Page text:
(photo from Goodreads)
Most books about animals that I've read tend to fall prey to sentimentality, sappiness, or an unnecessarily heartbreaking ending. Happily, Travels with Casey did none of these, and I gave it a rare 5 out of 5 stars on Goodreads! I am not exaggerating when I say I loved just about everything about this book: the chapter titles ("In which Casey and I encounter cats, cows, PETA, and the 'dog-poop lady'"), the places the author ventured to, and the author's way with words.
The book started off on a rather sad note: the author is under the impression that his dog doesn't like him, worrying that Casey would rather be elsewhere..."By elsewhere, I didn't mean in a different house or in a different neighborhood. I meant with a different human." To try and bridge the gap in the bond between human and dog, Lewis goes off on an RV adventure with Casey, traveling across the country to learn more about his canine companion and others like him.
The pair travels to a well-known dog park, the Westminster Dog Show, a pet expo, even to visit Cesar Milan! A stop that was of particular interest to me was a visit to the PETA founder, Ingrid Newkirk. Now, I knew that PETA had some rather radical ways of going about things. Turns out there are some dirty little secrets about the organization that I was completely unaware of - I found this portion of the book fascinating and also rather horrifying! I also appreciated that Lewis made a stop at Utah's Best Friends Animal Sanctuary, a magical-sounding place that I have wanted to visit for some time now.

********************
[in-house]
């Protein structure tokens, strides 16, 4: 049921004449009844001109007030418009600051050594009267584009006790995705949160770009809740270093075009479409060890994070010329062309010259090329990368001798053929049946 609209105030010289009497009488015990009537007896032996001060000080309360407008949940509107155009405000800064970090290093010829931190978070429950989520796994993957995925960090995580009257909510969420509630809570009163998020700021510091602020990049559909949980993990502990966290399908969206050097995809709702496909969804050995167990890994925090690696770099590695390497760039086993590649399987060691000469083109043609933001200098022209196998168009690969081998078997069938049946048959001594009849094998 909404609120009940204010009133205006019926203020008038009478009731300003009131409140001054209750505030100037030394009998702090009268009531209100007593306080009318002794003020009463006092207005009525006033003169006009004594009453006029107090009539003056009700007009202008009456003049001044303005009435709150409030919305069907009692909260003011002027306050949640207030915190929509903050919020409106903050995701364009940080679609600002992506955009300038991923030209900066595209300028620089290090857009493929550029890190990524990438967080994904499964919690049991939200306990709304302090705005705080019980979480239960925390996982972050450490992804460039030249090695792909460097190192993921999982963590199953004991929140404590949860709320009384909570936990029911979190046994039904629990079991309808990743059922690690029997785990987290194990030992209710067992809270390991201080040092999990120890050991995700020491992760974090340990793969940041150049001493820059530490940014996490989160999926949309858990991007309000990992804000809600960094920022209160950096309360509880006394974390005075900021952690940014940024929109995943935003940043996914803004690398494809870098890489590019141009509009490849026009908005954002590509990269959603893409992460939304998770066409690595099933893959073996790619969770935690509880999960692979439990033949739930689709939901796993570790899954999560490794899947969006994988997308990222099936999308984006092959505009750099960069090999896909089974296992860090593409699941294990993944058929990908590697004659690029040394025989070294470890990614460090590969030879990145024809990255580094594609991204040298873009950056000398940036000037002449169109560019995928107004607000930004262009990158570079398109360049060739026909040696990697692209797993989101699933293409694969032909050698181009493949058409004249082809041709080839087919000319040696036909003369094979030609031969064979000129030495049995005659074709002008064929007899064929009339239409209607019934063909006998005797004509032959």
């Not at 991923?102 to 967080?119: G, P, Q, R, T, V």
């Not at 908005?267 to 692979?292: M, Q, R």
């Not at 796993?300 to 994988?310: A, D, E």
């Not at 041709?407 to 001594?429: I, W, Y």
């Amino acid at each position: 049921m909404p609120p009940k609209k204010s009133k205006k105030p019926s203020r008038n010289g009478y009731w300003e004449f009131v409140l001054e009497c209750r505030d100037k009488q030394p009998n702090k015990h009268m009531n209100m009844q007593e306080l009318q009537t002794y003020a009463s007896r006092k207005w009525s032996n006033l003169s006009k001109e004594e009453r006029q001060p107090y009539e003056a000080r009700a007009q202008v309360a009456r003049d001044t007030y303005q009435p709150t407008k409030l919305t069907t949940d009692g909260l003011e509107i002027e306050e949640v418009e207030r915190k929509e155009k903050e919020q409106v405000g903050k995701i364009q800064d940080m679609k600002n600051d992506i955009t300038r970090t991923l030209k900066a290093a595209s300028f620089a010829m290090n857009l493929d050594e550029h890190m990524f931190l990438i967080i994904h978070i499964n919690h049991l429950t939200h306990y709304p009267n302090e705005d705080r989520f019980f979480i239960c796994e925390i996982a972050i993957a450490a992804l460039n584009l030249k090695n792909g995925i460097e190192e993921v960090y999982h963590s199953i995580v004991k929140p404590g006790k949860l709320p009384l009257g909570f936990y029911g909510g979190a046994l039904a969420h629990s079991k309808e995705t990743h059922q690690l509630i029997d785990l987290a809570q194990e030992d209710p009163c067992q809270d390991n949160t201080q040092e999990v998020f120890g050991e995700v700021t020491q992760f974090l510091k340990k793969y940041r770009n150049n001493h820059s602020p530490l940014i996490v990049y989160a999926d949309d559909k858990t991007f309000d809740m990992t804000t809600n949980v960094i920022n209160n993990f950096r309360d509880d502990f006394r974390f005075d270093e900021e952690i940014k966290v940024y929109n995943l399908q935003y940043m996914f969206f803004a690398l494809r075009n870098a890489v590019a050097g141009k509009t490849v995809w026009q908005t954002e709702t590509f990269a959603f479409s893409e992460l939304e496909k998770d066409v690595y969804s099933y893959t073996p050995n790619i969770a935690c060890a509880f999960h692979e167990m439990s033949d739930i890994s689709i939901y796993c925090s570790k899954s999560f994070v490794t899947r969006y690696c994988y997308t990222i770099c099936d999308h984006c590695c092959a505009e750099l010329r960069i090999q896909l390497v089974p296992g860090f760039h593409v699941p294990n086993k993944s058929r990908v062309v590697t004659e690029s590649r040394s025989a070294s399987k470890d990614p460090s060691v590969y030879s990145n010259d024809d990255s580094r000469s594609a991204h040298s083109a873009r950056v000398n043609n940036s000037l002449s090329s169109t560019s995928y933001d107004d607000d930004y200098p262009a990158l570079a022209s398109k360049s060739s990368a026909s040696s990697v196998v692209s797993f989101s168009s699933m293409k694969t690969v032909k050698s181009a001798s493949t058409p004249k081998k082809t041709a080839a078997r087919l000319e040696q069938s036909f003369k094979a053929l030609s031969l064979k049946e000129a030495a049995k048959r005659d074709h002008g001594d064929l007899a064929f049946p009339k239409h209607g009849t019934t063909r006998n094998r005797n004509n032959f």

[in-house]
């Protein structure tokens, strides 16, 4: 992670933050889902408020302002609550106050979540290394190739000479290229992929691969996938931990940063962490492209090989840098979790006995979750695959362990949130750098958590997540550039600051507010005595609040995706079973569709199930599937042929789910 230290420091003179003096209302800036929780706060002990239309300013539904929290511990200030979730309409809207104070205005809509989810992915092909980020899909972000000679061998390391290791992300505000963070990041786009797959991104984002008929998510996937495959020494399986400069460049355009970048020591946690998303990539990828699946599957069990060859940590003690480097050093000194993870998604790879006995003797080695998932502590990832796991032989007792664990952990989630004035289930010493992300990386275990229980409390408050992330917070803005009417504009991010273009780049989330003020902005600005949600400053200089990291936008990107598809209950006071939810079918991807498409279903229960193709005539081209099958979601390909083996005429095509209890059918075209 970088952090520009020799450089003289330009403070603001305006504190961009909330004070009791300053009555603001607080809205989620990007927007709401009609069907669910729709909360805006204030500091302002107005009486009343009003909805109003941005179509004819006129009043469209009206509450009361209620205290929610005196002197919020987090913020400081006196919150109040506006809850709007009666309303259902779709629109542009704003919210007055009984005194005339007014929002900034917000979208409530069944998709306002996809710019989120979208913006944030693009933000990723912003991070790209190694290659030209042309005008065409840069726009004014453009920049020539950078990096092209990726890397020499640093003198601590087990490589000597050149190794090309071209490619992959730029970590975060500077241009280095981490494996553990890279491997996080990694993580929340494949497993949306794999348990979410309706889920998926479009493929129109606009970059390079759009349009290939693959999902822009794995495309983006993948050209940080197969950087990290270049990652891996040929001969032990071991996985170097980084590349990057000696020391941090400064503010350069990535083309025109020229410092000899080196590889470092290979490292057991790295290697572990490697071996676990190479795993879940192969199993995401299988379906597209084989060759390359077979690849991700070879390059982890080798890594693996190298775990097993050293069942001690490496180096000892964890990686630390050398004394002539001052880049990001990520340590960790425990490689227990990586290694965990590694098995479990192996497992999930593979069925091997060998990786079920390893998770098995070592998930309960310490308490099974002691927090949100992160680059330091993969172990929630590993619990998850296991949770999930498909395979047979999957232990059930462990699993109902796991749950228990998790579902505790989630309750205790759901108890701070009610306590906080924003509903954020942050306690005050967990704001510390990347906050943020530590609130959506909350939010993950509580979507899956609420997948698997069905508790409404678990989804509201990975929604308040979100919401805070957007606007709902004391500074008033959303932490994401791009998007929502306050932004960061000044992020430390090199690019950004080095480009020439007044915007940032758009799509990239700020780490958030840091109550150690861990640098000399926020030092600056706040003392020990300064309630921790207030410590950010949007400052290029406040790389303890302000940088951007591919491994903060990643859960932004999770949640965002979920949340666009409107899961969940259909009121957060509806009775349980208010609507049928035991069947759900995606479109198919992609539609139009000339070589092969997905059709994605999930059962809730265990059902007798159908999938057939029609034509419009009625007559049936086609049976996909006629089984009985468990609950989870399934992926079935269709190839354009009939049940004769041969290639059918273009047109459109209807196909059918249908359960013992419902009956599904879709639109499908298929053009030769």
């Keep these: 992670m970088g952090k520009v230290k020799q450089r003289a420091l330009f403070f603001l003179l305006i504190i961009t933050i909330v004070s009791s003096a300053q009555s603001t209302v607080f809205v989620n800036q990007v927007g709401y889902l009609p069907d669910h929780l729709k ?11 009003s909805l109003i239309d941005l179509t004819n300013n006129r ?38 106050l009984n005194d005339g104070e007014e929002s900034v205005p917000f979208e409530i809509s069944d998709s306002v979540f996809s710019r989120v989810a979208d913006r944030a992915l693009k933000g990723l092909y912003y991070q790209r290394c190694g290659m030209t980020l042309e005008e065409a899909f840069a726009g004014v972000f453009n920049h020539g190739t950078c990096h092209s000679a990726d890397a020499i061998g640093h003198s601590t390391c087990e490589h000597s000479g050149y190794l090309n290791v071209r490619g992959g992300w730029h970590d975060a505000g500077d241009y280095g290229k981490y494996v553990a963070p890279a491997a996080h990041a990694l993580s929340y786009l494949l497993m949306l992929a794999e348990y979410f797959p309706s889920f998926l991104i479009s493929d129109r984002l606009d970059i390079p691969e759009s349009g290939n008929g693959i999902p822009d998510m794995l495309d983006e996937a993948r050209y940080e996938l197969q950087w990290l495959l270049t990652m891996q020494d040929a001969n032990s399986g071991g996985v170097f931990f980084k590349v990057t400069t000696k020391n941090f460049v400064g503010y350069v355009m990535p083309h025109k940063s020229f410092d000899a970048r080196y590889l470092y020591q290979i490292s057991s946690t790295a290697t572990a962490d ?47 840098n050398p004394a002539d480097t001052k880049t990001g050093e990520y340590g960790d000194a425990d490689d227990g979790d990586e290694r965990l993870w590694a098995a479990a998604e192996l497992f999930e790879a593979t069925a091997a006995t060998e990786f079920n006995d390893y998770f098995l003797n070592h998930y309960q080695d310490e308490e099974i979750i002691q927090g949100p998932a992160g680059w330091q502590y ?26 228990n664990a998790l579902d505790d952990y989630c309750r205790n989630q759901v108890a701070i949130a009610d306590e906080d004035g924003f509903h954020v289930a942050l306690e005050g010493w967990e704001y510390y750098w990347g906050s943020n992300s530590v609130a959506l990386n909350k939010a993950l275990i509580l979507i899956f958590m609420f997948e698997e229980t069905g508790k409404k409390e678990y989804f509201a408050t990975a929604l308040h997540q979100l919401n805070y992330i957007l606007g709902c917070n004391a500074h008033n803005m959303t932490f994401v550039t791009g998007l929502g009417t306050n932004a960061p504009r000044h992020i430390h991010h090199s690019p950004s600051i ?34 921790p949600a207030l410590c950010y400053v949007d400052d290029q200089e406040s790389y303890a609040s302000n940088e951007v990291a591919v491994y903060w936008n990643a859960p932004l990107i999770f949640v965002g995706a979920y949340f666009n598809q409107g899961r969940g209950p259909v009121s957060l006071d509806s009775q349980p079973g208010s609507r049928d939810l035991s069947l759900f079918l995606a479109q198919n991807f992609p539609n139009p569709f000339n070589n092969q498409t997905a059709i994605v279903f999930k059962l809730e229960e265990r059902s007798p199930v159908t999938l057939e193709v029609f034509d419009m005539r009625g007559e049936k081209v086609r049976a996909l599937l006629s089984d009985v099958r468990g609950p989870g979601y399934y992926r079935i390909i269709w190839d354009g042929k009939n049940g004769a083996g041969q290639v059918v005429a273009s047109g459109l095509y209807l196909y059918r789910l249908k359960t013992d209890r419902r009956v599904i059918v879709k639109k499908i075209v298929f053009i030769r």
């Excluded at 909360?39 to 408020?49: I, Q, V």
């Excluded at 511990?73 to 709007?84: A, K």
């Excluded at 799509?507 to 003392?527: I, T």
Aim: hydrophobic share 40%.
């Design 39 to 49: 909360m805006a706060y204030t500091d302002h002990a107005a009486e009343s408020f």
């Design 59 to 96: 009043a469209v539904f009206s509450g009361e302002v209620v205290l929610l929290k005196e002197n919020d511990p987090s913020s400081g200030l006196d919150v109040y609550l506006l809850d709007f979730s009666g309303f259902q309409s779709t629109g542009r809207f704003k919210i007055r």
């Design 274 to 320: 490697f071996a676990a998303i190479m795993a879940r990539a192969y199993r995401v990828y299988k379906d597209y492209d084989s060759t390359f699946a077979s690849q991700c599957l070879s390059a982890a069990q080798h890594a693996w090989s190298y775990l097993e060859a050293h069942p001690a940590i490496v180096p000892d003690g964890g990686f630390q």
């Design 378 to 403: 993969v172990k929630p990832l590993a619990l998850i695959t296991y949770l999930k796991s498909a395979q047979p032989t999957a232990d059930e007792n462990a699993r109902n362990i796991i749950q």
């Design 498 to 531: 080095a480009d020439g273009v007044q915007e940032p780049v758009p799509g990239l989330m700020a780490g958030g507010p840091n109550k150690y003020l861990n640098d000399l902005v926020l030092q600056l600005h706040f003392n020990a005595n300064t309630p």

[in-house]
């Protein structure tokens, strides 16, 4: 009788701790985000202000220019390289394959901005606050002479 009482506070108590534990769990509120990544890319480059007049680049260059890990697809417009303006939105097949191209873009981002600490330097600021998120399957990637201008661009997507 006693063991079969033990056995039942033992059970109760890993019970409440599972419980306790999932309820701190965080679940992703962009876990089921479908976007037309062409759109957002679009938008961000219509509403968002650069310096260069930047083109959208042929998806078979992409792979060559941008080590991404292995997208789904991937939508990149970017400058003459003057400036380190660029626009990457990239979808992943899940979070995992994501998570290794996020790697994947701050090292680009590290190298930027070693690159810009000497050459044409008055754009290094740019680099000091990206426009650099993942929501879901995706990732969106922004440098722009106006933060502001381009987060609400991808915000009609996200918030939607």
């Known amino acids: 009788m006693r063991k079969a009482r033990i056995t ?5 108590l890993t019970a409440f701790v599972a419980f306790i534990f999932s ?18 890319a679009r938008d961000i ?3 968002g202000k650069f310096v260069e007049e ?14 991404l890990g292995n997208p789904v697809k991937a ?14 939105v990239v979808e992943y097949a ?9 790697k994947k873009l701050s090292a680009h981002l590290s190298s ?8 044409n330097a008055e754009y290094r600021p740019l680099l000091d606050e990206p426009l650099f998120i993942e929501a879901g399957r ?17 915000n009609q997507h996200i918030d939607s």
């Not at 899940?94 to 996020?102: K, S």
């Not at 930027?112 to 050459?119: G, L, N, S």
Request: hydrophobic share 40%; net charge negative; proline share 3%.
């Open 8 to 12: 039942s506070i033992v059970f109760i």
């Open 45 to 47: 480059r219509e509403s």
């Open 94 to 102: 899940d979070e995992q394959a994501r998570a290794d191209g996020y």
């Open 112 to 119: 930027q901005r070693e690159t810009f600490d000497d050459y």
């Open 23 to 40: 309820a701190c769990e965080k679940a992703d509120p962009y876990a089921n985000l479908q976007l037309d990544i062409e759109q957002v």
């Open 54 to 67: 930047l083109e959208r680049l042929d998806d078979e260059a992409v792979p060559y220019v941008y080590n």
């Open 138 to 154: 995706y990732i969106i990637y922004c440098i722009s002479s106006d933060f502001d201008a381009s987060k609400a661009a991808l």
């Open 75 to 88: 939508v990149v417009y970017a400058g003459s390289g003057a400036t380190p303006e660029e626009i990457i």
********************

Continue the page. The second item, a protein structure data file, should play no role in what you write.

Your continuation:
A map of some of the places the pair visited (via the author's Facebook page)
One place where the author and I did not agree? The tendency of dog-lovers to compare their love for their pet with their love for a child. "Although I adore dogs, I'm surprised when I hear people equate their love for their pets with their love for their kids," Lewis writes. He goes on to imply that such a thought is a "sign of insanity", that it is ridiculous to compare the two kinds of love. I understand where this comes from, but I have no children - I have my dog. And I love my dog, if not as much as I could love a child, certainly as a pampered and beloved companion and friend. I don't know - what are my fellow bloggers' thoughts on this?
I would highly recommend this book to anyone, though of course dog-lovers might appreciate it most. Travels with Casey reminded me quite a bit of A. J. Jacobs' book Drop Dead Healthy, in which the author makes it his goal to learn about and experience all sorts of different trends in dieting and exercise. In both memoirs, it was clear that there had been a LOT of research; however, the writing is so easy and fun to read that it doesn't seem like a research-heavy book. It is a rare find - both informative and entertaining. Although, readers be warned: Don't pick this book up if you're easily offended by a couple of F-bombs. (In my case, I say the more the merrier, so I had no issue!) :)
Before I go, I want to share with you one of my favorite passages from Travels with Casey, in which the author is learning to do "doga" (yoga with your dog) on the beach: "I watched as she effortlessly incorporated Curli...into many of her poses, including lifting him high into the air for her Warrior Pose. Curli looked like he'd been there before, and he almost seemed to smile as the wind rustled through his shaggy white fur." So cute. :)
Fun fact: Riley's name was once Casey! :)
My request to the author: A sequel to Travels with Casey in which you travel around the world and learn about how other cultures treat dogs differently?!
A huge THANK YOU to Benoit Denizet-Lewis, Simon & Schuster, and Leah at Let's Go Dog for my advance copy of this wonderful book! Disclaimer: I received this book for free in exchange for an honest review. I received no other compensation, and all opinions are my own.
Visit the author at: www.TravelsWithCasey.com
Facebook: Travels With Casey
Twitter: @BenoitDLewis #TravelsWithCasey
You can also visit SimonandSchuster.com.
Happy reading! :)